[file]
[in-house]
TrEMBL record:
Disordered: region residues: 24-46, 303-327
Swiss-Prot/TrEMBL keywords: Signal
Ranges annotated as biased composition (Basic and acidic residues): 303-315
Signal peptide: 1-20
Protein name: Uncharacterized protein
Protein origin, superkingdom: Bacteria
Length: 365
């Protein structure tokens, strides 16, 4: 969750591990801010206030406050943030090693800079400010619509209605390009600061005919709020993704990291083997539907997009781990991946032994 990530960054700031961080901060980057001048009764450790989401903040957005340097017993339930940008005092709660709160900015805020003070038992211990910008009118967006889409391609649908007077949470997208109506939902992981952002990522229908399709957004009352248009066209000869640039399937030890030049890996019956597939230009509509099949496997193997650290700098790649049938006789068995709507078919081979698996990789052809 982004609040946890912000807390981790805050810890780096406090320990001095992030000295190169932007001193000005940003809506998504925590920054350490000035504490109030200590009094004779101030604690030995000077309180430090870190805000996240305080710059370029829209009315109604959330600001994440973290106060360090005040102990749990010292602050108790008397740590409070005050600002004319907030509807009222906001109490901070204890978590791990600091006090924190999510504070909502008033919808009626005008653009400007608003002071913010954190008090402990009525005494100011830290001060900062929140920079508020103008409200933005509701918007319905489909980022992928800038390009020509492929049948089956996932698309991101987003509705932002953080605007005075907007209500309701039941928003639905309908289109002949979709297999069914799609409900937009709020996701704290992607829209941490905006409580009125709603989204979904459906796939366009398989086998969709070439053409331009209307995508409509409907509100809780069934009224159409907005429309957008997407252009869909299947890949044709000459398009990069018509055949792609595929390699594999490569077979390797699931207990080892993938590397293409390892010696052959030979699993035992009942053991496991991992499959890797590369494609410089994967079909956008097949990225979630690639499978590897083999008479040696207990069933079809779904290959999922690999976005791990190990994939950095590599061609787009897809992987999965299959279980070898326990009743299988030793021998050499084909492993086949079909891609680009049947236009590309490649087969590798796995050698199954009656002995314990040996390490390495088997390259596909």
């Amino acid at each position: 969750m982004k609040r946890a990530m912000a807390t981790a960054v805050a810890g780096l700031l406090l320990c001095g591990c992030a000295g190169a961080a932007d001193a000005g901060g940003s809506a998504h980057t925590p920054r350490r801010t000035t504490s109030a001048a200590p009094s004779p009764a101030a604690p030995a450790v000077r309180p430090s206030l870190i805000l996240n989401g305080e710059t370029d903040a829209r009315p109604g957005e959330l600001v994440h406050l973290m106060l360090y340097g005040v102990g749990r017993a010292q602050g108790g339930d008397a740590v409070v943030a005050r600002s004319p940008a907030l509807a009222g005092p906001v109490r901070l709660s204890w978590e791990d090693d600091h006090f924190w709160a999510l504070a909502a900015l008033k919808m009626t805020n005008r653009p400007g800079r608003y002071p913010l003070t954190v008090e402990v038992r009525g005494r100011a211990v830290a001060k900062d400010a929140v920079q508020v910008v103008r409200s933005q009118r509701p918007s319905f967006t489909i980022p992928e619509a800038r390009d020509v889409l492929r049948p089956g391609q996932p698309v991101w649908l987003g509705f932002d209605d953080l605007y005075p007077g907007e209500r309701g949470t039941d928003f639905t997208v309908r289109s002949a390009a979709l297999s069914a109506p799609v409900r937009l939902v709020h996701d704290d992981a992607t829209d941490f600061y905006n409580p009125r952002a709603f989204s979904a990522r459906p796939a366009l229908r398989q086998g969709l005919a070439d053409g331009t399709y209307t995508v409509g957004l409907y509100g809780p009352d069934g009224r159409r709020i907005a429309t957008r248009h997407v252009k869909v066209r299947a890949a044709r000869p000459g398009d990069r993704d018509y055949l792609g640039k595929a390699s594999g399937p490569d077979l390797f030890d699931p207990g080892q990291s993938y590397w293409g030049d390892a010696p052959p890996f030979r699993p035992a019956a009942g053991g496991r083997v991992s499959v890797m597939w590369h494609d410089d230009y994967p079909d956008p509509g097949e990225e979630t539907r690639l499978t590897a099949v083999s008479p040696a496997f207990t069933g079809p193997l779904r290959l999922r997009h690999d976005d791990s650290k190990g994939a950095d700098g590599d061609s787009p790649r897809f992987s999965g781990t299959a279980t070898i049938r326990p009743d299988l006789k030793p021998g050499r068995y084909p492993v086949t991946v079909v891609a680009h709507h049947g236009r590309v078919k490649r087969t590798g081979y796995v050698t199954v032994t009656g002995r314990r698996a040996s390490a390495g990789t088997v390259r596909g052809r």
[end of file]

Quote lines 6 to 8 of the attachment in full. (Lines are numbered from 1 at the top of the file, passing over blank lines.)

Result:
Signal peptide: 1-20
Protein name: Uncharacterized protein
Protein origin, superkingdom: Bacteria